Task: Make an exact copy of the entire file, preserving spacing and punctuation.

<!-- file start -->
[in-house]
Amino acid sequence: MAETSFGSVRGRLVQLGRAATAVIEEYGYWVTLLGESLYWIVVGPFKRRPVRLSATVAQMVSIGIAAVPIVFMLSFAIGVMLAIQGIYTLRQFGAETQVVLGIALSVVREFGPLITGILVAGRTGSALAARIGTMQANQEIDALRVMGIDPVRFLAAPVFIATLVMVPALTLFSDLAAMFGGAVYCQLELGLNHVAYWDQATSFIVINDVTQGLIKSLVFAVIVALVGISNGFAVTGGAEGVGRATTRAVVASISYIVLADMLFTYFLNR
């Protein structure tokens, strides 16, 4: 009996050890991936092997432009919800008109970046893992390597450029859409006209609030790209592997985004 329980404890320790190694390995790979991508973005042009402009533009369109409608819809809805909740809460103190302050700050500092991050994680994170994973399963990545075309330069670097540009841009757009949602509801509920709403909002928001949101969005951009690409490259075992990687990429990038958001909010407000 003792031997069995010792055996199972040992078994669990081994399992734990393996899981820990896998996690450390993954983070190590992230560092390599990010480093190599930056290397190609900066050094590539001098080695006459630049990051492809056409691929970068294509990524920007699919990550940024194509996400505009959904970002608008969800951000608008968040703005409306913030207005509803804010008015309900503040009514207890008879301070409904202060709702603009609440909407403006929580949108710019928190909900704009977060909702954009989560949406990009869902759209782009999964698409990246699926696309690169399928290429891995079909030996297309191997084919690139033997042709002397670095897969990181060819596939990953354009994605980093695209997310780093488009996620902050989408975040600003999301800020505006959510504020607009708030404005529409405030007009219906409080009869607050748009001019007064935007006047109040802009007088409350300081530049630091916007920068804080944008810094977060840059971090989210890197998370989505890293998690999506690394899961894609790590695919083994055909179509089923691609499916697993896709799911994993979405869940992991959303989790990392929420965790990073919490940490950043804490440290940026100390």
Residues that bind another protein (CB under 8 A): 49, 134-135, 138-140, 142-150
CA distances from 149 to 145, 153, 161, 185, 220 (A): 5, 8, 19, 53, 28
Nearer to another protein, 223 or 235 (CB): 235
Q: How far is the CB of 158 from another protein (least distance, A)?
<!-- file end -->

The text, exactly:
[in-house]
Amino acid sequence: MAETSFGSVRGRLVQLGRAATAVIEEYGYWVTLLGESLYWIVVGPFKRRPVRLSATVAQMVSIGIAAVPIVFMLSFAIGVMLAIQGIYTLRQFGAETQVVLGIALSVVREFGPLITGILVAGRTGSALAARIGTMQANQEIDALRVMGIDPVRFLAAPVFIATLVMVPALTLFSDLAAMFGGAVYCQLELGLNHVAYWDQATSFIVINDVTQGLIKSLVFAVIVALVGISNGFAVTGGAEGVGRATTRAVVASISYIVLADMLFTYFLNR
């Protein structure tokens, strides 16, 4: 009996050890991936092997432009919800008109970046893992390597450029859409006209609030790209592997985004 329980404890320790190694390995790979991508973005042009402009533009369109409608819809809805909740809460103190302050700050500092991050994680994170994973399963990545075309330069670097540009841009757009949602509801509920709403909002928001949101969005951009690409490259075992990687990429990038958001909010407000 003792031997069995010792055996199972040992078994669990081994399992734990393996899981820990896998996690450390993954983070190590992230560092390599990010480093190599930056290397190609900066050094590539001098080695006459630049990051492809056409691929970068294509990524920007699919990550940024194509996400505009959904970002608008969800951000608008968040703005409306913030207005509803804010008015309900503040009514207890008879301070409904202060709702603009609440909407403006929580949108710019928190909900704009977060909702954009989560949406990009869902759209782009999964698409990246699926696309690169399928290429891995079909030996297309191997084919690139033997042709002397670095897969990181060819596939990953354009994605980093695209997310780093488009996620902050989408975040600003999301800020505006959510504020607009708030404005529409405030007009219906409080009869607050748009001019007064935007006047109040802009007088409350300081530049630091916007920068804080944008810094977060840059971090989210890197998370989505890293998690999506690394899961894609790590695919083994055909179509089923691609499916697993896709799911994993979405869940992991959303989790990392929420965790990073919490940490950043804490440290940026100390």
Residues that bind another protein (CB under 8 A): 49, 134-135, 138-140, 142-150
CA distances from 149 to 145, 153, 161, 185, 220 (A): 5, 8, 19, 53, 28
Nearer to another protein, 223 or 235 (CB): 235
Q: How far is the CB of 158 from another protein (least distance, A)?